Category: Conklin

Small World, Genealogy-Style

Genealogical “small world” moments are always fun.  There was the day when I discovered that my soon-to-be sister-in-law was also my ninth cousin once removed. Then the moment when I found that my second cousin four times removed and her husband had been keepers of the Little Sable Lighthouse Mom and I had visited in Michigan three years earlier (you can read my earlier blog post about that discovery).

In trying to decide what to write about next, I dug out a letter from Charles Montgomery, my great-grandfather, whose census history I covered on Saturday. It’s one of those documents I had not yet explored for all its genealogical significance (aside: I really need to get organized) – obviously, since it contained previously-unknown marriage information for Charles and his second wife Lyle:

[Postmarked Fort Collins, Colorado, July 16, 1941; Addressed Mr. & Mrs. L C Montgomery, Scotts Bluff Neb. Box 675; Return address Mr. & Mrs. C W Montgomery, 231 Walnut St.; 3c postage]

                                                                        Ft Collins July 17, 41

Mr & Mrs L C Montgomery,
            Dear Children

I got your card this p.m. and sure was glad to hear from you, i am real well. What do you work at in Scottsbluff. Elta was here last winter sure was glad to see her. My wife meet her. i was married March 27 at Kimbell Nebr we get alone OK.
     Elta wrote they were coming here on there vacation. We just have a small apartment but like it, hope to hear from you soon igen.

                                                                         Lot of Love to you and yours,
                                                                                 Dad & Lyle.

            231 Walnut St
                   Ft Collins

As another aside – it’s intriguing that Lawrence’s own father addressed the envelope to “L. C. Montgomery” – there has always been uncertainly about whether Grandpa’s middle name was Theodore or Conklin.

Fast-forward 71 years from Charles and Lyle’s wedding, and Mom and I are making a cross-country trek to my 20-year high school reunion. In search of small mom-and-pop motels, we found one in – where else?  Kimball, Nebraska. We felt a little uncertain about this particular reservation because I made it over the phone and wasn’t sure everything was confirmed.  But obviously our visit was meant to be!

What’s in a Name?

I’ve always found names fascinating.  The stories I would write when I was little always involved families with hordes of children because coming up with names for all of them was my favorite part of the writing process. I often hear people say they don’t want genealogy to be just “a list of names and dates.” While it’s true I love to have all the facts to flesh out the stories of who these relatives are, sometimes even just getting that “list of names” is rewarding.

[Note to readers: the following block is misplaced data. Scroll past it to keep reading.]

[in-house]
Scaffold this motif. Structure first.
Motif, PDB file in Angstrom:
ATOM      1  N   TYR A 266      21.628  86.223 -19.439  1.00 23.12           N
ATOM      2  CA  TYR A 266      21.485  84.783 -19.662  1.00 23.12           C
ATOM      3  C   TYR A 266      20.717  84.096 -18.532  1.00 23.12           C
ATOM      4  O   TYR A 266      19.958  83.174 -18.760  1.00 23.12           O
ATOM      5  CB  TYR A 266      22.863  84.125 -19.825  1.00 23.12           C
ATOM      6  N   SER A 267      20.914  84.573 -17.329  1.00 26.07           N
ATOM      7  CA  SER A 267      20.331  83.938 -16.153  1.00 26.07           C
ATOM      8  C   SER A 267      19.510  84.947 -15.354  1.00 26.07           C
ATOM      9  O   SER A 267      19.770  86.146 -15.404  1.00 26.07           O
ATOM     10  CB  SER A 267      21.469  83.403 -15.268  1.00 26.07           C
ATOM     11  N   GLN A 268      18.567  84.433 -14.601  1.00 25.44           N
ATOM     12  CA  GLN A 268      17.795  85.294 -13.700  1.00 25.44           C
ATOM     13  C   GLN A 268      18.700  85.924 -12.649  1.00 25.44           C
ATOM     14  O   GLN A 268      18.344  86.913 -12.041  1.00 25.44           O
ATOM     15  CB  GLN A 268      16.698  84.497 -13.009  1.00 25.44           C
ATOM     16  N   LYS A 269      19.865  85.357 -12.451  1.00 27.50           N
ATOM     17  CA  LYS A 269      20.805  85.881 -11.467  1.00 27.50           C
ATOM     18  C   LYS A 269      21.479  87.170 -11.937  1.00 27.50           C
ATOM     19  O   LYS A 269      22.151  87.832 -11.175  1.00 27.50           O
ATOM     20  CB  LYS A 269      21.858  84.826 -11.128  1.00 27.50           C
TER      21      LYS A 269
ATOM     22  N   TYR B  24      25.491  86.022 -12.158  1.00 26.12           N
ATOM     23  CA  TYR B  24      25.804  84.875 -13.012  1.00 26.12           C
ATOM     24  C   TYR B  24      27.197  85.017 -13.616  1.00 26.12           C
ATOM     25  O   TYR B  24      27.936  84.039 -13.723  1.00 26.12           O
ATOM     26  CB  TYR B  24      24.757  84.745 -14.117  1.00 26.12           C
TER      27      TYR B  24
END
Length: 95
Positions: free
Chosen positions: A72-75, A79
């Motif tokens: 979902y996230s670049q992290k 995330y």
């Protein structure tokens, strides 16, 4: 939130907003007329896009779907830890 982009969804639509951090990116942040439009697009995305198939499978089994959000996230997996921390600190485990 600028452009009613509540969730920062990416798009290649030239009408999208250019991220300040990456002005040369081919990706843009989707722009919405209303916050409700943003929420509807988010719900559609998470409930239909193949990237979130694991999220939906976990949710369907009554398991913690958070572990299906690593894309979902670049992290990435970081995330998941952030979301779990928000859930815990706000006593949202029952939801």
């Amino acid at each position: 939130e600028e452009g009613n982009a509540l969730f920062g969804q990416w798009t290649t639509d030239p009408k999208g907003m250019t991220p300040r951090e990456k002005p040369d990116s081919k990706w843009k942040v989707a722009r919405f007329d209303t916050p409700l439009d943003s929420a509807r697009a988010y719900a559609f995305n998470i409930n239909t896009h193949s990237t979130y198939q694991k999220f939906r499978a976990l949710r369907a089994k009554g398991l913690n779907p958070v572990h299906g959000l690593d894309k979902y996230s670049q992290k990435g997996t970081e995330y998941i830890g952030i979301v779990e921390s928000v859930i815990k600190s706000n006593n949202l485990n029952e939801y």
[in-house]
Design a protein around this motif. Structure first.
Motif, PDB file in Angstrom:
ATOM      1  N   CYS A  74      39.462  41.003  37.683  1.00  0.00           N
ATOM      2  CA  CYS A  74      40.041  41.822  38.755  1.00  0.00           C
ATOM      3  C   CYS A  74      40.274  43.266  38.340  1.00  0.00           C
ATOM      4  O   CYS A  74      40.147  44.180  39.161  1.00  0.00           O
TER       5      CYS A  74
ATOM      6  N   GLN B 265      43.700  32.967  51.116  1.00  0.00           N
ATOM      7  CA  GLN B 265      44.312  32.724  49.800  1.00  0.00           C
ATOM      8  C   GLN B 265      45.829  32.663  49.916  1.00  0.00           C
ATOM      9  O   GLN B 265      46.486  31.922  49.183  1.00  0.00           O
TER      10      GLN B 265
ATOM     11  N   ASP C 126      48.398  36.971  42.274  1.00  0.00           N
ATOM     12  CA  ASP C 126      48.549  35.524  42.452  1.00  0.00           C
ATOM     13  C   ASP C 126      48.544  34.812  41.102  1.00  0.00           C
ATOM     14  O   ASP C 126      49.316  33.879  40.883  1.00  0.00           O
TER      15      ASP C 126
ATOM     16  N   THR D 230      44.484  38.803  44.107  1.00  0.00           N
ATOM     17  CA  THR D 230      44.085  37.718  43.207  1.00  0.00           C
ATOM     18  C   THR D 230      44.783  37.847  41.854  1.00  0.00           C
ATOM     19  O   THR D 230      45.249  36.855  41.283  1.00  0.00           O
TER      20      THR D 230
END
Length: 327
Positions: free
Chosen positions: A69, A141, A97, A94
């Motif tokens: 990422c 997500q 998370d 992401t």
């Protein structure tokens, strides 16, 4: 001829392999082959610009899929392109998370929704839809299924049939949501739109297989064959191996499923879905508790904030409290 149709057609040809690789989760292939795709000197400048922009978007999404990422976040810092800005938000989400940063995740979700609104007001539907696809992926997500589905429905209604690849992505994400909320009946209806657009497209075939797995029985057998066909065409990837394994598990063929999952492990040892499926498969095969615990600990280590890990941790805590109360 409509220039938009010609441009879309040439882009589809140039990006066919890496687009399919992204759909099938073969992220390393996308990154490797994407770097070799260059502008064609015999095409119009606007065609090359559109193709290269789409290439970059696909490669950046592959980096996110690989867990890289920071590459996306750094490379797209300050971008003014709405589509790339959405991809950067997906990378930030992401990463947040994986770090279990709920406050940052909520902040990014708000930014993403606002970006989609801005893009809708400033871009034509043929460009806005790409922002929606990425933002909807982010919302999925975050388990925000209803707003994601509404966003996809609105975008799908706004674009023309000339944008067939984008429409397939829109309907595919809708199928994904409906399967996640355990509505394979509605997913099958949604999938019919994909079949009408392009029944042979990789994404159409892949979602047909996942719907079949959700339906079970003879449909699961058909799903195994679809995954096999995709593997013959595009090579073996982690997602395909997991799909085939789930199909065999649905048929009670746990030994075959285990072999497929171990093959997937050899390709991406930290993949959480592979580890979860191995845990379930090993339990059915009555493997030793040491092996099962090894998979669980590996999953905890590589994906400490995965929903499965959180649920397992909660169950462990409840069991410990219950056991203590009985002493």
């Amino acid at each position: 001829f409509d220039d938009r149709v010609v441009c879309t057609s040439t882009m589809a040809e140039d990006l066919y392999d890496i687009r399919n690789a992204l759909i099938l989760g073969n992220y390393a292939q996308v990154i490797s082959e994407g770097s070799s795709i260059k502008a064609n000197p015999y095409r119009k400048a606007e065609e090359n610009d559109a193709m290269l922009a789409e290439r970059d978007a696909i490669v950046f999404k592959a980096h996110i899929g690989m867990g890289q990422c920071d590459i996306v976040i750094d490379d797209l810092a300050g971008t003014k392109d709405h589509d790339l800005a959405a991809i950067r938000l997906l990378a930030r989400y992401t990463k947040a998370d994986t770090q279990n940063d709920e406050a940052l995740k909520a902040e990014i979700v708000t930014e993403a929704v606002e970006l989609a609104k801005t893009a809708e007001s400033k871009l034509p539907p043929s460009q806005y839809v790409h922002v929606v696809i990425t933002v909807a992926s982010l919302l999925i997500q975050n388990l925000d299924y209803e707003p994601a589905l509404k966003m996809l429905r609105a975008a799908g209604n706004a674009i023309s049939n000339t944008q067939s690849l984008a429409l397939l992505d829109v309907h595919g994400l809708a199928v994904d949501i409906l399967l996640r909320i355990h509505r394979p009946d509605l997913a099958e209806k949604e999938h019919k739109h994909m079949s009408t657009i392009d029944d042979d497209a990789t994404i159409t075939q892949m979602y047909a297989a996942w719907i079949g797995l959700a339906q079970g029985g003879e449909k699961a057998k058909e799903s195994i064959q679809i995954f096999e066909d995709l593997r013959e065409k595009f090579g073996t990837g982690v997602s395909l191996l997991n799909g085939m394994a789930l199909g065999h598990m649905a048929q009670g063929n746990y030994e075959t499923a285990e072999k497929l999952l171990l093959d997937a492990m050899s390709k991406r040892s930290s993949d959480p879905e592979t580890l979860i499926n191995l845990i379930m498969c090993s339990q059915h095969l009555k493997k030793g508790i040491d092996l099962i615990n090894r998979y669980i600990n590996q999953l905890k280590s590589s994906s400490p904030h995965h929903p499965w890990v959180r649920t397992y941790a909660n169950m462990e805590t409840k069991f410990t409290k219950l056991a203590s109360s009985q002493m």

For example, who wouldn’t be thrilled to find they shared a common ancestry with someone named Grimpie Brittimart Gobble? Or another favorite name, Grizzel Spratt? And sometimes I would come across my own real-life family with hordes of children, like the offspring of Samuel Willson (my 7th-great-grandfather):  John, Mary, Olive, Benjamin, Molley, Samuel, Ester, Eunice, Louis, Persis, Jenne, Nahum, and Elizabeth.

And then there are the “family names” that recur throughout our family history. My nephew, Benjamin Leander Montgomery, for example, has two family names.  His first and middle names were the middle names of his great-grandfathers.  “Benjamin” for Joseph Benjamin Hoffmann, and “Leander” for Herman Leander Likness.

Other names were common in the family generations ago, but not any longer. A prime example is “Tacy,” from the Latin for “silence.”  A quick search indicates there are 46 Tacies in our family tree, but none born since 1893.

Then, of course, there are the name mysteries. Grandpa Montgomery comes to mind first. At different times in his life he went by Lawrence Theodore or by Lawrence Conklin.  The story I remember hearing was that he was never sure which was his real middle name, so he used both interchangeably.  Theodore was the middle name of one of Grandpa’s uncles (Joseph Theodore Montgomery) and was passed on to my father when he was born, and Conklin was the maiden name of Grandpa’s maternal grandmother, Mary Ann.

So, what isn’t in a name?

Marriage License of Marcus Walker and Mary Conklin
Marriage License of Marcus Walker and Mary Conklin